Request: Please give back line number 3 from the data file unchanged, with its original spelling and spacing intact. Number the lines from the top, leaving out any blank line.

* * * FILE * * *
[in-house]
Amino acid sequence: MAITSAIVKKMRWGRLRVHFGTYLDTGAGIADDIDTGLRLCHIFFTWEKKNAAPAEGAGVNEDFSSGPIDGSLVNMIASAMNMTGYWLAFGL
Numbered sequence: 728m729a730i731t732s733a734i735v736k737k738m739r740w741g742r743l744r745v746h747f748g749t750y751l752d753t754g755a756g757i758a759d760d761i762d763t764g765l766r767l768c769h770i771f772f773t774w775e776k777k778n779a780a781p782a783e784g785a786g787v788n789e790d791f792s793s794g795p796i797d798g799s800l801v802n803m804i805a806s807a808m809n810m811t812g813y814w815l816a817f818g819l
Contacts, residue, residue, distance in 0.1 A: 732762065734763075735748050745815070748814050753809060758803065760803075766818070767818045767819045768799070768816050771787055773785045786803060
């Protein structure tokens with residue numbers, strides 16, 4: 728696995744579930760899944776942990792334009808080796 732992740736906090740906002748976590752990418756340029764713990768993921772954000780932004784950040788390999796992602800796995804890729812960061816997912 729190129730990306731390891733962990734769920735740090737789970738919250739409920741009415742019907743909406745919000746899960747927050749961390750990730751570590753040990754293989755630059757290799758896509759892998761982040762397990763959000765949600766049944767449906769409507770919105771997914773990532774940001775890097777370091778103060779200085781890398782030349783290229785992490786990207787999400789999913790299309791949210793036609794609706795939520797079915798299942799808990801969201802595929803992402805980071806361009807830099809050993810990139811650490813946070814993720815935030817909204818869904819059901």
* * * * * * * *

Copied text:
Numbered sequence: 728m729a730i731t732s733a734i735v736k737k738m739r740w741g742r743l744r745v746h747f748g749t750y751l752d753t754g755a756g757i758a759d760d761i762d763t764g765l766r767l768c769h770i771f772f773t774w775e776k777k778n779a780a781p782a783e784g785a786g787v788n789e790d791f792s793s794g795p796i797d798g799s800l801v802n803m804i805a806s807a808m809n810m811t812g813y814w815l816a817f818g819l